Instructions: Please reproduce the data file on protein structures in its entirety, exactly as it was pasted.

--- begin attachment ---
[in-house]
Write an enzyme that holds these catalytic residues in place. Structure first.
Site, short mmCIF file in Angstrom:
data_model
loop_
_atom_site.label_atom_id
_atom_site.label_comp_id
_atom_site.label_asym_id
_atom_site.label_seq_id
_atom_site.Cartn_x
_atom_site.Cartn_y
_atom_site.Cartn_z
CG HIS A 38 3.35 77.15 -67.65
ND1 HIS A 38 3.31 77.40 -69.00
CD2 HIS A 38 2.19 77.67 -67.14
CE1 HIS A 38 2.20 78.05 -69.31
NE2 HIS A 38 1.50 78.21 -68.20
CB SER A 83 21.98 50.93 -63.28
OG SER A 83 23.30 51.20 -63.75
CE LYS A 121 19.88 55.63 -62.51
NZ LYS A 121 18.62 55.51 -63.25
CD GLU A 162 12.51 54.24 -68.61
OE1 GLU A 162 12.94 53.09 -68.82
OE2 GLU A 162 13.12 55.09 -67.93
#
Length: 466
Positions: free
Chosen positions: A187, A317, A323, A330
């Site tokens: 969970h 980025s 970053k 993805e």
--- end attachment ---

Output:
[in-house]
Write an enzyme that holds these catalytic residues in place. Structure first.
Site, short mmCIF file in Angstrom:
data_model
loop_
_atom_site.label_atom_id
_atom_site.label_comp_id
_atom_site.label_asym_id
_atom_site.label_seq_id
_atom_site.Cartn_x
_atom_site.Cartn_y
_atom_site.Cartn_z
CG HIS A 38 3.35 77.15 -67.65
ND1 HIS A 38 3.31 77.40 -69.00
CD2 HIS A 38 2.19 77.67 -67.14
CE1 HIS A 38 2.20 78.05 -69.31
NE2 HIS A 38 1.50 78.21 -68.20
CB SER A 83 21.98 50.93 -63.28
OG SER A 83 23.30 51.20 -63.75
CE LYS A 121 19.88 55.63 -62.51
NZ LYS A 121 18.62 55.51 -63.25
CD GLU A 162 12.51 54.24 -68.61
OE1 GLU A 162 12.94 53.09 -68.82
OE2 GLU A 162 13.12 55.09 -67.93
#
Length: 466
Positions: free
Chosen positions: A187, A317, A323, A330
């Site tokens: 969970h 980025s 970053k 993805e």